Science Fiction and Fantasy Association of New Zealand

Druids Bane Druid's Bane
by Phillip Henderson
Acclaimed Books

Supplied for review by Acclaimed Books

Reviewed By: Mel Duncan

This book was handed to me with the not-terribly-reassuring comment of "I'll buy you chips if you review this one." My hopes were not up. But I was pleasantly surprised. Druid's Bane is the tale of Danielle, only daughter of the king of Illandia, and her fight against her twin brother Kane, sexism, and her own bad temper. Oh, yeah, there's a conspiracy of evil in there somewhere too. Possibly two.

Danielle is the titular Druid's Bane, but as of the end of Book One, there is very little Druidic action in the Arkaelyon Chronicles. Instead, Danielle is busy with a tournament, stopping her brother's dastardly political aims and struggling to gain privileges her brothers all have. Which she then promptly abuses because she's headstrong and has no real grasp of diplomacy. Of course she's a bleeding heart liberal reformist with a temper that gets away from her, because she's the heroine in a fantasy novel. Of course she chafes at being restricted by her gender, because she's the heroine in a generic medieval setting. Danielle is likeable, but I'm not sure she's really interesting or new enough to carry a Chronicle.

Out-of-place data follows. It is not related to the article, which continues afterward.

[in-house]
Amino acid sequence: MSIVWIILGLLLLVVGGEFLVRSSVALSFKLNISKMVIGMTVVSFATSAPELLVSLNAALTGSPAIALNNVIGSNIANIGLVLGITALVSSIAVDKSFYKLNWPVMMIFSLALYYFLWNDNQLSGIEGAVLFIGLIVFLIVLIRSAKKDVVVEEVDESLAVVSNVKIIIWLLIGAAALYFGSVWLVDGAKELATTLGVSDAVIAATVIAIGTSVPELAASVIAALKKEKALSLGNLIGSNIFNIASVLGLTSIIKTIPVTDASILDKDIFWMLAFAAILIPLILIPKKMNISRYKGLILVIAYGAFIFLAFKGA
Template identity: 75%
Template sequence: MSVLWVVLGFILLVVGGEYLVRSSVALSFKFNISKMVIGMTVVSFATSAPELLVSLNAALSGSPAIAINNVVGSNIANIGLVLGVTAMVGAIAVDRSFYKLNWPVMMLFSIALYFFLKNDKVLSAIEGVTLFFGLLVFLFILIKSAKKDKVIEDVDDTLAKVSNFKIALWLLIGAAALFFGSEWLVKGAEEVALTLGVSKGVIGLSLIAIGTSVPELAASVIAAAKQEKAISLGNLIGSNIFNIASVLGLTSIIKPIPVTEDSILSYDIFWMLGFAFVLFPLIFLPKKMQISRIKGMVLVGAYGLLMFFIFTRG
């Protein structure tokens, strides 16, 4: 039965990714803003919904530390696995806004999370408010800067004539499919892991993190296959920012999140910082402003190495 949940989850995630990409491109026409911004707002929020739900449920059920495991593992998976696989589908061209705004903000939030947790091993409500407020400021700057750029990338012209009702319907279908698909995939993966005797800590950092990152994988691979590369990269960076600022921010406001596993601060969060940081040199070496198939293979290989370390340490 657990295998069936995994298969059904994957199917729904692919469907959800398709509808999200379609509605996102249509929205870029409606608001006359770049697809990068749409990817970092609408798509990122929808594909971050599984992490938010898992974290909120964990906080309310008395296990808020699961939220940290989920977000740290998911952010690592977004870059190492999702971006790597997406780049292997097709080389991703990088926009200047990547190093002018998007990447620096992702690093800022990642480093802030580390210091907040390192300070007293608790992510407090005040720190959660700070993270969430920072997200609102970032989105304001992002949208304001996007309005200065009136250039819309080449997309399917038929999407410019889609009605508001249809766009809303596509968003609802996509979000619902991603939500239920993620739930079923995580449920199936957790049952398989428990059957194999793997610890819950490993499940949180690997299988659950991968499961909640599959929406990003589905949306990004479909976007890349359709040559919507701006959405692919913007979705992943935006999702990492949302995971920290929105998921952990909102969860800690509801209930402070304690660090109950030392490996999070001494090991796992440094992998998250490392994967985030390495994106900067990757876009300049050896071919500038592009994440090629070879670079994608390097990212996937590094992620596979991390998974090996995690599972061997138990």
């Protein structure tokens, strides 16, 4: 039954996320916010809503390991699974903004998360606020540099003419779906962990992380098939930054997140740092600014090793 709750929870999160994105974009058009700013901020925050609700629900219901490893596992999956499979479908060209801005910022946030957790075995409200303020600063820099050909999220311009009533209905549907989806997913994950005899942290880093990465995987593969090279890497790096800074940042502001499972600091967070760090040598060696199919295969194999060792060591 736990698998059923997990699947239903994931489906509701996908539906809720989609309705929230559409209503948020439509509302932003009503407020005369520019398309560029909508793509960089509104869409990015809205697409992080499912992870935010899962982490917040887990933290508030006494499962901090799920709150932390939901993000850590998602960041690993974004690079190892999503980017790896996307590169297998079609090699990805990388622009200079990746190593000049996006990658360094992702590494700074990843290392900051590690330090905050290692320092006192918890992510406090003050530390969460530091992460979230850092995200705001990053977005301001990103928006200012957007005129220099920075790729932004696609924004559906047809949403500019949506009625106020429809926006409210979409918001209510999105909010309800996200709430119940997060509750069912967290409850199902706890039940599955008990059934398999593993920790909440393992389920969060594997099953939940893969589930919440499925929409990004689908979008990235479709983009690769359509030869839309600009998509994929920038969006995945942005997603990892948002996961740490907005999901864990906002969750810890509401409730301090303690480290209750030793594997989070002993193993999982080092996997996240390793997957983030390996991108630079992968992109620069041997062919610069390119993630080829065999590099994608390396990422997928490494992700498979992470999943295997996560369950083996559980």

So why was I pleasantly surprised by Druid's Bane? It wasn't that it was exceptionally well put together, because it needed more editing – typos and incorrect homonyms really aren't good enough, especially on the back-cover blurb. It also suffered from info-dumping, excessive capitalisation and words with too many vowels.

It wasn't the rest of the cast either, or the setting. Illandia could be anywhere, it's inhabitants could be anyone. The international politics were too complex to ignore but too poorly explained to follow. There's a prophecy, and it's about the central twins, and there's no real geography, and a city in the middle of a lake in the middle of mountains, for goodness sake.

So why did I finish this book in one sitting? Why, despite all indications to the contrary, did I enjoy Druid's Bane? Nothing in "Druid's Bane" is bad enough to declare it a "bad book". I guess that, despite it's faults, it's an enjoyable, solid, interesting fantasy tale. It ticks all of the boxes on all of the lists. So put it on the pile for "I can't deal with a real book" afternoons, and enjoy the literary equivalent of a Hollywood film.

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